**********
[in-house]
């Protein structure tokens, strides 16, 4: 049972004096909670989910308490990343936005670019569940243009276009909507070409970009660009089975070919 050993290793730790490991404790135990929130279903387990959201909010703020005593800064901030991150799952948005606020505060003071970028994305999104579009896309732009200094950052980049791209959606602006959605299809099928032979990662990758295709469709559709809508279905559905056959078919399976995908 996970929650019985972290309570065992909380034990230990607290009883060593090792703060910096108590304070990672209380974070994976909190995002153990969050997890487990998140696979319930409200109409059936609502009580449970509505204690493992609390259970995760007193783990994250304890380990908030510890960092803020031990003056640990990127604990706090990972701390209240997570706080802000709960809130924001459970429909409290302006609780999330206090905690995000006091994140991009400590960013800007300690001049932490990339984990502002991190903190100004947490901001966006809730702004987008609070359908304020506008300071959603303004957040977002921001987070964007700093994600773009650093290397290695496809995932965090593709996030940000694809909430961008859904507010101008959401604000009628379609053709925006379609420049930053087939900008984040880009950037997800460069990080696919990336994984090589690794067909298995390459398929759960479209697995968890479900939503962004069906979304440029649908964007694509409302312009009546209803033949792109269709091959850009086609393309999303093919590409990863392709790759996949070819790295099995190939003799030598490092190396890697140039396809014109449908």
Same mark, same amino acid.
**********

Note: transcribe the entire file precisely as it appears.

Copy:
[in-house]
């Protein structure tokens, strides 16, 4: 049972004096909670989910308490990343936005670019569940243009276009909507070409970009660009089975070919 050993290793730790490991404790135990929130279903387990959201909010703020005593800064901030991150799952948005606020505060003071970028994305999104579009896309732009200094950052980049791209959606602006959605299809099928032979990662990758295709469709559709809508279905559905056959078919399976995908 996970929650019985972290309570065992909380034990230990607290009883060593090792703060910096108590304070990672209380974070994976909190995002153990969050997890487990998140696979319930409200109409059936609502009580449970509505204690493992609390259970995760007193783990994250304890380990908030510890960092803020031990003056640990990127604990706090990972701390209240997570706080802000709960809130924001459970429909409290302006609780999330206090905690995000006091994140991009400590960013800007300690001049932490990339984990502002991190903190100004947490901001966006809730702004987008609070359908304020506008300071959603303004957040977002921001987070964007700093994600773009650093290397290695496809995932965090593709996030940000694809909430961008859904507010101008959401604000009628379609053709925006379609420049930053087939900008984040880009950037997800460069990080696919990336994984090589690794067909298995390459398929759960479209697995968890479900939503962004069906979304440029649908964007694509409302312009009546209803033949792109269709091959850009086609393309999303093919590409990863392709790759996949070819790295099995190939003799030598490092190396890697140039396809014109449908």
Same mark, same amino acid.